Generosity and sense are key to framing migrant response
Published 14/08/2015 | 02:30
A huge amount of EU time has been spent dealing with the Greek crisis. Rightly so. But much more time needs to be spent discussing how best to deal with the refugee crisis.
At the same time as it copes with an economic crisis, Greece, like Italy, finds itself on the frontline of the refugee crisis.
The number of illegal migrants arriving on Greece's shores, and specifically on its islands, is up five-fold compared with this time last year. Figures show that 156,726 would-be immigrants are now in Greece and the Greeks don't have the resources to cope.
If we were the Greeks, how would we feel about this? Would we resent having to cope with so many illegal migrants at the same time as having to cope with a huge economic crisis?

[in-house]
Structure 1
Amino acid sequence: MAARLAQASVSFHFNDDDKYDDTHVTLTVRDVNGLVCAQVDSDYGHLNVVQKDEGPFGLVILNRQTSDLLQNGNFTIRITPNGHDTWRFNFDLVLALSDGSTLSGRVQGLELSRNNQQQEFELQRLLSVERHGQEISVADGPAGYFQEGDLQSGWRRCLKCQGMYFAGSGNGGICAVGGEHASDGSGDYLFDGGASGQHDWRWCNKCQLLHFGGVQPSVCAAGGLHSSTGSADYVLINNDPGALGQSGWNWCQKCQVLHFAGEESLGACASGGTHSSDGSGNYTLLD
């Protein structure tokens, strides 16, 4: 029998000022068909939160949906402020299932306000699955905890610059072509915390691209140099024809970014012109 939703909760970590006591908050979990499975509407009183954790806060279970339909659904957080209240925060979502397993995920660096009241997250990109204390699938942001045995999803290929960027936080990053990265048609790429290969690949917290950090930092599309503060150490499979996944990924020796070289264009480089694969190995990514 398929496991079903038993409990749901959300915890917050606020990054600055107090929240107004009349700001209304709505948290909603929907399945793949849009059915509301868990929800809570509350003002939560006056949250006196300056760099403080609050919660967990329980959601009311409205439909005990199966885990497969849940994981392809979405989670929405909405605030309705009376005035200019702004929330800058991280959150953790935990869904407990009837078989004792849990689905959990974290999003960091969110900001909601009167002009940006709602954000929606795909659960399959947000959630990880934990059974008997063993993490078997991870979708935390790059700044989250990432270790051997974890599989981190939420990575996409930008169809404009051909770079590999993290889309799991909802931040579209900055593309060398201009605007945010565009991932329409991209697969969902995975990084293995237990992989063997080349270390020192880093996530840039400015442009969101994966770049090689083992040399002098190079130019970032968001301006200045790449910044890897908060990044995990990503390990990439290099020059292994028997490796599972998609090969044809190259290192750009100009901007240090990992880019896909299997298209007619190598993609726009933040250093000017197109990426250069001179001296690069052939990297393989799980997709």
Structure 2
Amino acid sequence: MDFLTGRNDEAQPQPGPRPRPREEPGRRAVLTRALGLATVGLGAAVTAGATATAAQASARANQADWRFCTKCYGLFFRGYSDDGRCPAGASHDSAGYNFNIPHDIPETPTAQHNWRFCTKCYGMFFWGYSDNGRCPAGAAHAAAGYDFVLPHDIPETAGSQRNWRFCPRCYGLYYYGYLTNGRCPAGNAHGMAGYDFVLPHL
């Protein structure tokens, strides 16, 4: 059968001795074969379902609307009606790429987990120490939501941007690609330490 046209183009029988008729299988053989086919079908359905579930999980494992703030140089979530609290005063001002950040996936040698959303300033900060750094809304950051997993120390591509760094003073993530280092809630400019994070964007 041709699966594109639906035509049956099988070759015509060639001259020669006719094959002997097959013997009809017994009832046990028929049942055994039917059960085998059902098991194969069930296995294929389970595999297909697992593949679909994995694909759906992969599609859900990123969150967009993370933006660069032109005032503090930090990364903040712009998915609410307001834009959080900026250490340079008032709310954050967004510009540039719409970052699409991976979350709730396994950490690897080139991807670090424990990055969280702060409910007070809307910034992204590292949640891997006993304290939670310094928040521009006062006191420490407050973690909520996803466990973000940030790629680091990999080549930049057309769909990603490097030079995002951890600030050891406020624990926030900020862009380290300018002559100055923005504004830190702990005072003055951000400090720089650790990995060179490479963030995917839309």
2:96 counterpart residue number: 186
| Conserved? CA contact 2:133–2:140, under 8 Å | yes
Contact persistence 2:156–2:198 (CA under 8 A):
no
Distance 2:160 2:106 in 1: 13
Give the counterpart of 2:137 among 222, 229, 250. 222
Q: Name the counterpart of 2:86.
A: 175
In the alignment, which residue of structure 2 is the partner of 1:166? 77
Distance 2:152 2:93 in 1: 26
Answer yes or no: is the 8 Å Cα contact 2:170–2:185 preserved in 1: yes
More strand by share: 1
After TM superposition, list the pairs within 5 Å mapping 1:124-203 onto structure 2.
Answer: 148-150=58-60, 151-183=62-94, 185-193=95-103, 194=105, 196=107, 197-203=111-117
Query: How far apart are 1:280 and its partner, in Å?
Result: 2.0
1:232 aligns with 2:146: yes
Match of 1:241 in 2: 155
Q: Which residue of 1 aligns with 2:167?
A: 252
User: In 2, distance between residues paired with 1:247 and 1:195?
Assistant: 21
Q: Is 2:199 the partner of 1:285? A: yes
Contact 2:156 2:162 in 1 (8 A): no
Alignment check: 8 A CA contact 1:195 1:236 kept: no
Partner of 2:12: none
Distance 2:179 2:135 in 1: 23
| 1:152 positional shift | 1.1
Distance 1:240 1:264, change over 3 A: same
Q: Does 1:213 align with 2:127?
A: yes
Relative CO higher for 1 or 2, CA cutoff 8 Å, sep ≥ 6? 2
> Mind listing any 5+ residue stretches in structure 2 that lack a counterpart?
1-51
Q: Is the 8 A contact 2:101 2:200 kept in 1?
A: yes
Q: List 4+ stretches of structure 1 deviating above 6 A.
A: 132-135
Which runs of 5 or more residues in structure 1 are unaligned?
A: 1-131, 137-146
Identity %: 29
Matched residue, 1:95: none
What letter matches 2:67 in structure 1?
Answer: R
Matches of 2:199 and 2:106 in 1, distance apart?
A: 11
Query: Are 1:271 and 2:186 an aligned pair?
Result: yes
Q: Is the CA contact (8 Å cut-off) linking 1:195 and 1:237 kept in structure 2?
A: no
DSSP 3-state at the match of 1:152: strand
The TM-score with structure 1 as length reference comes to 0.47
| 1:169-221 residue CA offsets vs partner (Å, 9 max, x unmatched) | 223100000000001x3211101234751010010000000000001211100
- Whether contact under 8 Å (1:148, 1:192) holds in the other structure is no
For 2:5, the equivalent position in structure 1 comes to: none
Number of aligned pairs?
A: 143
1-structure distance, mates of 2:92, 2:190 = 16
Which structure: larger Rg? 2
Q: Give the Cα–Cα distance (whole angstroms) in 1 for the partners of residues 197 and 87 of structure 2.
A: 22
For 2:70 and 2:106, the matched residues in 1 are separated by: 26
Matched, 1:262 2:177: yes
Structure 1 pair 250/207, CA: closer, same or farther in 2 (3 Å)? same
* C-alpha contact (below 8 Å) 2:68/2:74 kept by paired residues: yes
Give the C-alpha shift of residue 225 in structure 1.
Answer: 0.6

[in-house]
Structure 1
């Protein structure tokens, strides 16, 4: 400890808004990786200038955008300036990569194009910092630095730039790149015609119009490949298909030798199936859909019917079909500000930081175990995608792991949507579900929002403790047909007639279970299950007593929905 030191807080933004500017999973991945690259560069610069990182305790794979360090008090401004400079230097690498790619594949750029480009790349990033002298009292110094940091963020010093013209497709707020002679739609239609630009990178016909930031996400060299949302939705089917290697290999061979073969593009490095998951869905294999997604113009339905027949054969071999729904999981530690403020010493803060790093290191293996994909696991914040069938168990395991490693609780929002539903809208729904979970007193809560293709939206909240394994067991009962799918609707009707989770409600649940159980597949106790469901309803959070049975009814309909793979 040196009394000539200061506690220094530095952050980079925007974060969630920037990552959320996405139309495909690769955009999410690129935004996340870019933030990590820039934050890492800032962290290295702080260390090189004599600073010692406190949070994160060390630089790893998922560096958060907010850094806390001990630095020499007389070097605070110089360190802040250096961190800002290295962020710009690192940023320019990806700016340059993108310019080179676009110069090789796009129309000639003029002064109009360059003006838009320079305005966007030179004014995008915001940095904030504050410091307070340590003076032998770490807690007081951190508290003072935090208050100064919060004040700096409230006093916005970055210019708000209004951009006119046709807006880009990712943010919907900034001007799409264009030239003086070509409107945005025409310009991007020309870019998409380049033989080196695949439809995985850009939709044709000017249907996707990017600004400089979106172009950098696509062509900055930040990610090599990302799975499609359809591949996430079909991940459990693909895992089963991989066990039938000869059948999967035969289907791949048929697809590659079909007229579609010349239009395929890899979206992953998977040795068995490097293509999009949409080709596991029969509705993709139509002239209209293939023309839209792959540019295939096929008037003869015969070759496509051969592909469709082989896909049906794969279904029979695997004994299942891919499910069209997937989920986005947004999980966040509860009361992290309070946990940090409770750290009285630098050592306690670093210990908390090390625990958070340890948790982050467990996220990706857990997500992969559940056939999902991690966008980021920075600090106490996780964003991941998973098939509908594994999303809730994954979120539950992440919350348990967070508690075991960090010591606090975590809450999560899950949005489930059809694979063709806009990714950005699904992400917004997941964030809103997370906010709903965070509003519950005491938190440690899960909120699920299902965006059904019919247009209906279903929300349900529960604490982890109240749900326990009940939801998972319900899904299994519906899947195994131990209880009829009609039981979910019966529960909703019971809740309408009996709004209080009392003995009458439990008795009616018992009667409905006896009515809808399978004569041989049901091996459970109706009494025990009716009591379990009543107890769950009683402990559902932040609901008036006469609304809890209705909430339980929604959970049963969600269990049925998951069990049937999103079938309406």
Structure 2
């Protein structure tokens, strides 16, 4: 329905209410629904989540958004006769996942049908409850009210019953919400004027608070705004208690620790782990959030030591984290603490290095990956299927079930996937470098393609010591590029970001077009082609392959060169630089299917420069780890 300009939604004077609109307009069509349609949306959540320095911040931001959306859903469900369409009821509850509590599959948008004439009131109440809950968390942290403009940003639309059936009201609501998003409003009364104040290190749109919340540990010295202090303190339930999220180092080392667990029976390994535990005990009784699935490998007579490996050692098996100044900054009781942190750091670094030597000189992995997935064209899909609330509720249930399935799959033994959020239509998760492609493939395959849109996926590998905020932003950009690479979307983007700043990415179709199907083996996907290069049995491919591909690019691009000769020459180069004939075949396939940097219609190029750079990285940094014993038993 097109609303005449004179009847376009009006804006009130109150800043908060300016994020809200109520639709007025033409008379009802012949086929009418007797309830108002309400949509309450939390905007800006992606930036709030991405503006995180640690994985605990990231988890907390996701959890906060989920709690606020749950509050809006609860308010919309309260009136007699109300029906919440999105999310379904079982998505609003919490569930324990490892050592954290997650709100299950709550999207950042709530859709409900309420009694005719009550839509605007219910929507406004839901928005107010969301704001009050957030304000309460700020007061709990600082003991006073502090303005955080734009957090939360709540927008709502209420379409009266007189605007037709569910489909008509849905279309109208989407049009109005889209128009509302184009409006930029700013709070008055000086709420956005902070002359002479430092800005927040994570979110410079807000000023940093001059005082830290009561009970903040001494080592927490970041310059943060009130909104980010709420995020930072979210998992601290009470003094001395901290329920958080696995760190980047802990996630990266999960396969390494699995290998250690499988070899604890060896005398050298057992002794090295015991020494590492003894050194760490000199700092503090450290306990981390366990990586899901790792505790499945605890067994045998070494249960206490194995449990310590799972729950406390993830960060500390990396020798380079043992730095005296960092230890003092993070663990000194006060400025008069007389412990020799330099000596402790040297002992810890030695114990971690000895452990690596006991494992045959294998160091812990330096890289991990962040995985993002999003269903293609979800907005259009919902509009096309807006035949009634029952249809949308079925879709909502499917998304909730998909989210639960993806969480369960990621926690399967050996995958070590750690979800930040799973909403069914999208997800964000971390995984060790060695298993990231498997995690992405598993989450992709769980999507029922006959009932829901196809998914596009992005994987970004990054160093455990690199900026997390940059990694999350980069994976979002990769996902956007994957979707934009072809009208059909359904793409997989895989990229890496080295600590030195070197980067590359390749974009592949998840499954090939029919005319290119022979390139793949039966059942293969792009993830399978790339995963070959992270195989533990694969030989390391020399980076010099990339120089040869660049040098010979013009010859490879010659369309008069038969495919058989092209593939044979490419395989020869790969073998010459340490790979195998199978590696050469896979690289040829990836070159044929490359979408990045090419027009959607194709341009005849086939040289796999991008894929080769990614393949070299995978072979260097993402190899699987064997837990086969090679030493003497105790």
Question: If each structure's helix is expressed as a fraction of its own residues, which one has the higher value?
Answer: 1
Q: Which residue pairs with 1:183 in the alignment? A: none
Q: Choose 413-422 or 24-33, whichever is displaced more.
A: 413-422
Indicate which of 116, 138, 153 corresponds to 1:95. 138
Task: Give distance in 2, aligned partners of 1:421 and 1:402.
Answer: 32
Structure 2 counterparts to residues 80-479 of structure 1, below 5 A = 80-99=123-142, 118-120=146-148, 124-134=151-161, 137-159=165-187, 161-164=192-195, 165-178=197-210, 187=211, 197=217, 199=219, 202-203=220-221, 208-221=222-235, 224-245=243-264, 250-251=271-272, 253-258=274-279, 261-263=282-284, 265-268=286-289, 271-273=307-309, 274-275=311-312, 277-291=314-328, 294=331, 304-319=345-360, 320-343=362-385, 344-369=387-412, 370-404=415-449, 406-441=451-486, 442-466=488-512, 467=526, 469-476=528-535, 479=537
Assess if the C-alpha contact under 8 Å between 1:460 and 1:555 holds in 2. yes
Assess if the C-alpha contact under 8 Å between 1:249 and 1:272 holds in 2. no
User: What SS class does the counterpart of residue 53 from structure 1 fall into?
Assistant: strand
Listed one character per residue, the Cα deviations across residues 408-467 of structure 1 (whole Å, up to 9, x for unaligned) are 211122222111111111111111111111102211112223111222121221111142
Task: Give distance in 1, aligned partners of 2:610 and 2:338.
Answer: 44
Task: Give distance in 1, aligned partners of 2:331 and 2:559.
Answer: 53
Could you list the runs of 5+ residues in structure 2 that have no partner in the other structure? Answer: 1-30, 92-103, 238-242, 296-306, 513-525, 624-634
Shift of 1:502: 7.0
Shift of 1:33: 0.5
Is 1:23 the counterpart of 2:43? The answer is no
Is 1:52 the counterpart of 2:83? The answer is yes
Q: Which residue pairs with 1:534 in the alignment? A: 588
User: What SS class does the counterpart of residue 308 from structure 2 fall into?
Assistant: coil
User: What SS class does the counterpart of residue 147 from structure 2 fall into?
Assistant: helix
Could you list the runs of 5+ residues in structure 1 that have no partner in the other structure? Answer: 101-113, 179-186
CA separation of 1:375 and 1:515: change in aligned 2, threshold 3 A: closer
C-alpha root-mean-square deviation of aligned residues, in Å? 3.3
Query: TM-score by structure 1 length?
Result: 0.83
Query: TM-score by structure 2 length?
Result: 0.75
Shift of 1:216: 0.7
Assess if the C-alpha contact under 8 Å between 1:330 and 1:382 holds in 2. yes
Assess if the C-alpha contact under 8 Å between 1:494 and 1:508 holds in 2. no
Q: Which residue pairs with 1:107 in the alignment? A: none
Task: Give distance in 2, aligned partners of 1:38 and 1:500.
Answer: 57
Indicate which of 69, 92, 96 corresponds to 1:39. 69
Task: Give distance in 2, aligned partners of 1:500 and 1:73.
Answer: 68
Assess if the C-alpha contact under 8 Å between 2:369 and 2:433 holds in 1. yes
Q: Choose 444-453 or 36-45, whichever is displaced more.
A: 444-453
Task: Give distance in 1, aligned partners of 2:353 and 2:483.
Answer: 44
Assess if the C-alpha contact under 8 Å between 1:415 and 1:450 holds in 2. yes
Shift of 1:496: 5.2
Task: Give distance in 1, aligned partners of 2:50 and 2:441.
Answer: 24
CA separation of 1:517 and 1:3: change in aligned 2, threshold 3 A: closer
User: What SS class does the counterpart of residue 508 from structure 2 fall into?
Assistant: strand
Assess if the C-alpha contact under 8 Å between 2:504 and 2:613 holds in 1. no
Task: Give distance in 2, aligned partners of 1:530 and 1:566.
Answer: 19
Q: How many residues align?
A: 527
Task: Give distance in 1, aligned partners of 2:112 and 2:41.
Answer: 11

Wouldn't we be looking to the rest of the EU to help us? Of course we would.
In the period since January 2014, almost 300,000 migrants have crossed the Mediterranean Sea and arrived in Italy. The Italian economy is also very fragile.
Many of the migrants know this and that is why they are headed for the likes of Germany and Britain as fast as they can. Germany has already received 180,000 asylum applications since the start of the year.
What are we to make of what's happening? Should we open the doors wide to the migrants, slam them shut or do something in between?
What are we to make of immigration itself? A new poll by IPSOS asked people in 24 countries (Ireland was not included) whether or not they believe immigration is good for the economy.
Surprising as it may seem - it was to me at any rate - Saudi Arabia tops the list with 52pc of Saudis agreeing that "immigration is good for our economy".
Mind you, when you think about it, Saudi Arabia has such a gigantic foreign workforce that they could hardly believe anything else.
The Saudis were followed by the Chinese and the Indians, neither of which country is exactly associated with immigration.